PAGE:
|M1A destroyed by old '59 German milsurp 7.62x51|
Soldiers in various wars may have used C4 explosives to boil water in the field. C4 burns very hot, and as long as you let it burn out it won't explode, however, the moment when pressure is combined with that burning heat, someone is losing a limb. Smokeless powder will burn at atmospheric pressure quickly, so you can't use it like C4 to boil water. But just like C4, the right combination of heat and pressure will cause it to detonate. Safe loadings are designed to keep smokeless powder from exploding.
|Why you want powder to burn, not detonate|
In the first post in this series we took a look at lead projectiles being fired by black powder. It is not a very efficient explosive as 55% of the combustion products are solids instead of gas. But black powder explodes faster than smokeless powder burns, so in order to harness that energy bore sizes for black powder firearms are large. The bigger an area at the base of the bullet that gas pressure has to push against the more efficiently it can move the projectile down the bore. When a solid turns to gas, pressure is equal on all surfaces that the gas pushes against. So the larger the bullet base, the larger a percentage of total pressure that the bullet can receive at any given time. This is true for air guns, black powder firearms, and smokeless powder firearms. Black powder firearms have to have large bores or the pressure would overcome the strength of the steel and turn the firearm into a bomb.
|Bulky powders with >60% case fill help|
prevent double charges in pistol cases
There are different "grades" of black powder, which have different speeds of detonation based on grain size. Smokeless powder does not come in grades, but in different names with associated uses and burn rates. Compared to smokeless powder, black powder is very uniform. Smokeless powder ranges from ultra fast pistol powders (Norma R1), to powders slow enough to propel 20mm cannon shells (WC872). When the range of ballistic performance is compared, black powder seems very uniform.
Without going into the details of converting a mol of smokeless powder into the equivalent molar mass of gas (I did it once to show the process) the basic volumetric change is you can expect 2.4 liters of gas from a powder charge that goes into the average 308, but at the high temperature that the gas coming off the burning powder it will be over 7 liters in volume due to heat. Think about how much energy is in a Ford 7.3 liter Powerstroke diesel engine. Then imagine every cylinder firing at the exact same time. That is about the best mental comparison I can think of for how much energy is released when a rifle cartridge is touched off, and energy wise it is a poor comparison.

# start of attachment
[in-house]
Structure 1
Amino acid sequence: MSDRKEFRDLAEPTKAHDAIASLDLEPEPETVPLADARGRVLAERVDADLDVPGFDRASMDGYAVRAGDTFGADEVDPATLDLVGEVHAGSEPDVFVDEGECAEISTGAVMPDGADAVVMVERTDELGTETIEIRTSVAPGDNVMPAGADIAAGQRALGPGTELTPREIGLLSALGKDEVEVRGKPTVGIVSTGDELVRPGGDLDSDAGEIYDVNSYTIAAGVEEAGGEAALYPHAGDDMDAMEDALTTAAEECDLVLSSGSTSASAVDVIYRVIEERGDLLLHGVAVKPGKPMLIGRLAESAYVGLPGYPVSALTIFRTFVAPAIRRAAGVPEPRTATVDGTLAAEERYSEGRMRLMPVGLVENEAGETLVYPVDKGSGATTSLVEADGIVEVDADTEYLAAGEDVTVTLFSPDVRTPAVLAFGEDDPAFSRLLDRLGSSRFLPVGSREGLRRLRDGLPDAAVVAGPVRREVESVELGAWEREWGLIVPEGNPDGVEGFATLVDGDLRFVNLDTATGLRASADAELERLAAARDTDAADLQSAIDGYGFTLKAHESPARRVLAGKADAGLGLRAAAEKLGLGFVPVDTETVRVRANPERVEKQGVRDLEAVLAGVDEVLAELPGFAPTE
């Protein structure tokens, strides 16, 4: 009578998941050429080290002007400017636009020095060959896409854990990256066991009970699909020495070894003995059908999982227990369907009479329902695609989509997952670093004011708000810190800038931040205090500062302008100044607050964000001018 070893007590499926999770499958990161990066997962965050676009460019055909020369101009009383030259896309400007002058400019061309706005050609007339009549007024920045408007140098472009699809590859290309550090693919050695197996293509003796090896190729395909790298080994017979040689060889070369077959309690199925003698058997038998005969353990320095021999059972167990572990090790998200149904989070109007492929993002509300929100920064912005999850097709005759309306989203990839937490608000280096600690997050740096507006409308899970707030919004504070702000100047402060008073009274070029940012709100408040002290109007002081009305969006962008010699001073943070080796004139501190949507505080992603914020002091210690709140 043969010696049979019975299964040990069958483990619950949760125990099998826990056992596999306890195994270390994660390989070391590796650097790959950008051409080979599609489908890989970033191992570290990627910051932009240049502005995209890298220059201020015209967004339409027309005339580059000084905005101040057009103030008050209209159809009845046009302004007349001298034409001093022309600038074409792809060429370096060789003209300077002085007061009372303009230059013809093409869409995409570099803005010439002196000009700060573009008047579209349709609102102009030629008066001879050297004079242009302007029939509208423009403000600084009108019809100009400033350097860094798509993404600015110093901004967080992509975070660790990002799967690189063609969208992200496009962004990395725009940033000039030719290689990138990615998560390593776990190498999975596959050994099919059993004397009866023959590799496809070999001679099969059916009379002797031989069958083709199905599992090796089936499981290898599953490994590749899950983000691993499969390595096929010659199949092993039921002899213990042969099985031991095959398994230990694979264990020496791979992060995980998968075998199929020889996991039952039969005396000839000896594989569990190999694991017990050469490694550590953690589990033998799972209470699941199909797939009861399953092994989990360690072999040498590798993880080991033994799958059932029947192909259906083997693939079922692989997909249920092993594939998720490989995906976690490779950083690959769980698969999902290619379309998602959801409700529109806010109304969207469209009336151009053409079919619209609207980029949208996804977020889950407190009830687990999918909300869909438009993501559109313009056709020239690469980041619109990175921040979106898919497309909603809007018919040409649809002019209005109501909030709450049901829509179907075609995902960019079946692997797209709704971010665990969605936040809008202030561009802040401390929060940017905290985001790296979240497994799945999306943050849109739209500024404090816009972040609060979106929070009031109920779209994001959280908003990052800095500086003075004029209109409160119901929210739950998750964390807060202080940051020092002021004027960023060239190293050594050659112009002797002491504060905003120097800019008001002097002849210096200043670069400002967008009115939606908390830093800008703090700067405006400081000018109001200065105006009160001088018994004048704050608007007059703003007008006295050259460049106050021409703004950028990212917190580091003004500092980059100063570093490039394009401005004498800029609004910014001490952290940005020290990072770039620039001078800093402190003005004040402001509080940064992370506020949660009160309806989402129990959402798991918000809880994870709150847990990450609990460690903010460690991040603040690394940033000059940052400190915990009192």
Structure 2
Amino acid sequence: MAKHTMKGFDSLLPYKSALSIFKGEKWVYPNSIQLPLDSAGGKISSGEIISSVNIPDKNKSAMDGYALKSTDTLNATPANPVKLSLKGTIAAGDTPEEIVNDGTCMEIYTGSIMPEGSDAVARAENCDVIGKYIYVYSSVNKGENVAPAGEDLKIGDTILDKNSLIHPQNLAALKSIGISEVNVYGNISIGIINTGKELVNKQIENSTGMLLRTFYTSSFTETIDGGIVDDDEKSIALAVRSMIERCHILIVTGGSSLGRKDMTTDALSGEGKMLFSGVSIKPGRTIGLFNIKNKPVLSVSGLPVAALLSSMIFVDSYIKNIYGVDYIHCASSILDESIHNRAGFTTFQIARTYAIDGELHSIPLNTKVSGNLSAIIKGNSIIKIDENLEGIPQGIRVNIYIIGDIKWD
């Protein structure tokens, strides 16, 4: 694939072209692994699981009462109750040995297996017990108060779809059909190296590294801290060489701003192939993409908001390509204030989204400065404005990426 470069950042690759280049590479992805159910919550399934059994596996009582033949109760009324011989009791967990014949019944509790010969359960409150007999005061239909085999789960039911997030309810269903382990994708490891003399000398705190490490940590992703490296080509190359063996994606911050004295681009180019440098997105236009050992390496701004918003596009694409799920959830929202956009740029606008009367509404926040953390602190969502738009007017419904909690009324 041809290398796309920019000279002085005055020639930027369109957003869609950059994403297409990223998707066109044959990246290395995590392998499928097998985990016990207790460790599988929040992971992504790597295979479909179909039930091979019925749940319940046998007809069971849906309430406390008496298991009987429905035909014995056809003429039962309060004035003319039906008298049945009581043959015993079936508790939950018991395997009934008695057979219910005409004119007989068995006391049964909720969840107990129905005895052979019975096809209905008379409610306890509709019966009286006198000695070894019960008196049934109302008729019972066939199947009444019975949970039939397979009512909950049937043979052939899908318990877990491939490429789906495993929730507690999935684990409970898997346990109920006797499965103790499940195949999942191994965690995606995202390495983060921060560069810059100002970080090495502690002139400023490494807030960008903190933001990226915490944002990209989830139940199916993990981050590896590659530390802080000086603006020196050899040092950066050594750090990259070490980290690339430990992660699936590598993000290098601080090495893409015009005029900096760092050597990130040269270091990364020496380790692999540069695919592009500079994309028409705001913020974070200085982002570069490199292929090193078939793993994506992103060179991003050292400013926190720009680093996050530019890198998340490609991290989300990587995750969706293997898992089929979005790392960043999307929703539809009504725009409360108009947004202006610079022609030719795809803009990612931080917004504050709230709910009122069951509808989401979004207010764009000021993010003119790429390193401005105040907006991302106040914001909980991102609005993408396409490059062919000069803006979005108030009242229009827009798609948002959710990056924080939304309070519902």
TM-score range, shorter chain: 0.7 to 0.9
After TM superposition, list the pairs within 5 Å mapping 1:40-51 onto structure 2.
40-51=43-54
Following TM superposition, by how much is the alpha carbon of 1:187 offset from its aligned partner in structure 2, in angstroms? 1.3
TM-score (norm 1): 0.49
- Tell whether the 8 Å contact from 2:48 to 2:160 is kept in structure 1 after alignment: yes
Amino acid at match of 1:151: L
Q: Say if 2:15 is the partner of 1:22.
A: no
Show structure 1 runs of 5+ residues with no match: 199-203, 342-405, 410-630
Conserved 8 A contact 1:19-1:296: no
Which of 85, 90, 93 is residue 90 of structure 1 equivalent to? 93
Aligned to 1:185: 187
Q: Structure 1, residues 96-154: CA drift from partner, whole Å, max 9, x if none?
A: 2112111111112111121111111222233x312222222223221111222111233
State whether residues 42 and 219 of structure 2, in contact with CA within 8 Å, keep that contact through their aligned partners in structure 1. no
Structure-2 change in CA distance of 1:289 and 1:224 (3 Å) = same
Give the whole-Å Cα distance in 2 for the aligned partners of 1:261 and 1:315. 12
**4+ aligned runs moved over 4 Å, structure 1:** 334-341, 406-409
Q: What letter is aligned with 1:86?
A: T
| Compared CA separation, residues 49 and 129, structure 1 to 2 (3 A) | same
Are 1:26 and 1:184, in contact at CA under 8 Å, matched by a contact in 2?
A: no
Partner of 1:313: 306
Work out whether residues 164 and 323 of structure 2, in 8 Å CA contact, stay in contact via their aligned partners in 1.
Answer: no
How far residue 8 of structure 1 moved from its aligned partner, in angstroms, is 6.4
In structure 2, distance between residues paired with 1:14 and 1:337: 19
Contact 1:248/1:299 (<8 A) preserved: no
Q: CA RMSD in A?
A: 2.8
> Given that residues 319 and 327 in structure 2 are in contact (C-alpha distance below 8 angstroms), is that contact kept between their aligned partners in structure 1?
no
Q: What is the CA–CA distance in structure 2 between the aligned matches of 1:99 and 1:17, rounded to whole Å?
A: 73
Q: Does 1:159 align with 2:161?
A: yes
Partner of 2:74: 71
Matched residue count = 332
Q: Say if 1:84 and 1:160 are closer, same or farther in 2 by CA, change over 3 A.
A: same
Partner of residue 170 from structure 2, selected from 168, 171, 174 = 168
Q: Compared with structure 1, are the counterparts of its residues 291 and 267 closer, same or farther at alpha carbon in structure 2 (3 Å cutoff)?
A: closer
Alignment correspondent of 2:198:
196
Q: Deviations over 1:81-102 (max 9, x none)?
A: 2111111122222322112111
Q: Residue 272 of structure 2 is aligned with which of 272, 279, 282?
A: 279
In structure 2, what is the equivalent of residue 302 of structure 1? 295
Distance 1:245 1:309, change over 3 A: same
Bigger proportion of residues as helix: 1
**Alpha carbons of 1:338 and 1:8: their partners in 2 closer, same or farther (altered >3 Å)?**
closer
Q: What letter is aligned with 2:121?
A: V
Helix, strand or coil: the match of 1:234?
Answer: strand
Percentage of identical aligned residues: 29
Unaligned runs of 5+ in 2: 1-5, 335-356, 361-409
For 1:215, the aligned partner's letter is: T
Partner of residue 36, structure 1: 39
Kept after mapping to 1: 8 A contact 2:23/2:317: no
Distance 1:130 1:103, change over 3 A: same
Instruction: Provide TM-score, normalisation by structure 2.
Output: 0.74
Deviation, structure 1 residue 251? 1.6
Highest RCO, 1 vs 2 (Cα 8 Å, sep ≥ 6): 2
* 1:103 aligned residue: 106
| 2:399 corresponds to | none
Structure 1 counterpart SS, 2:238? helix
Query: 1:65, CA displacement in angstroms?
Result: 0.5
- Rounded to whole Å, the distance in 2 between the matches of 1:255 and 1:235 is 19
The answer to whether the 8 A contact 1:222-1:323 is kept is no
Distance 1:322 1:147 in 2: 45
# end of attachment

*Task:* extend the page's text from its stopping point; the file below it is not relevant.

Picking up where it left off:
Leaving black powder behind, smokeless powder comes in three main shapes and three types. Flake, stick, and ball shapes, single, double, or triple base as far as chemistry. Single base is nitrocellulose. Double base is nitrocellulose plus nitroglycerin or nitroguanidine. Triple base is all three. The shape of the powder influences things like burn rate, ease of ignition, and potential case fill (there are some powders that are "sponge" shaped by mashing them with salts and then rinsing the salt away during the manufacturing process, but I don't know of any company still using that method).
|Unique pistol/shotgun powder|
|Extruded powder Left, Ball powder Right|
note the denser pack of ball powder
|Stick powder from Australia, |
note the golden hue of the coating
To sum up, your primer and propellent is there to create pressure by turning chemical energy into kinetic energy. Too little is just as bad as too much, and using the wrong burn rate is potentially disastrous. Since Accuracy is the most important aspect of lethality, it is important to have a consistent primer/powder interface that produces a shot to shot uniform pressure curve.
Remember that accuracy is always relative against what you are shooting. A benchrest rifle capable of 1/8 MOA accuracy at 200 yards is more than you need for deer. A 4 MOA service rifle is plenty for harvesting deer out to 200 yards, as long as you can maintain that level of accuracy. Some handloaders will find a very accurate load that is at a low velocity, and choose to push the bullet faster even though it might open groups up from .5 MOA to .9 MOA. Giving the bullet extra energy and momentum is a good thing, as the difference of .4 MOA is largely academic in most hunting/defense situations.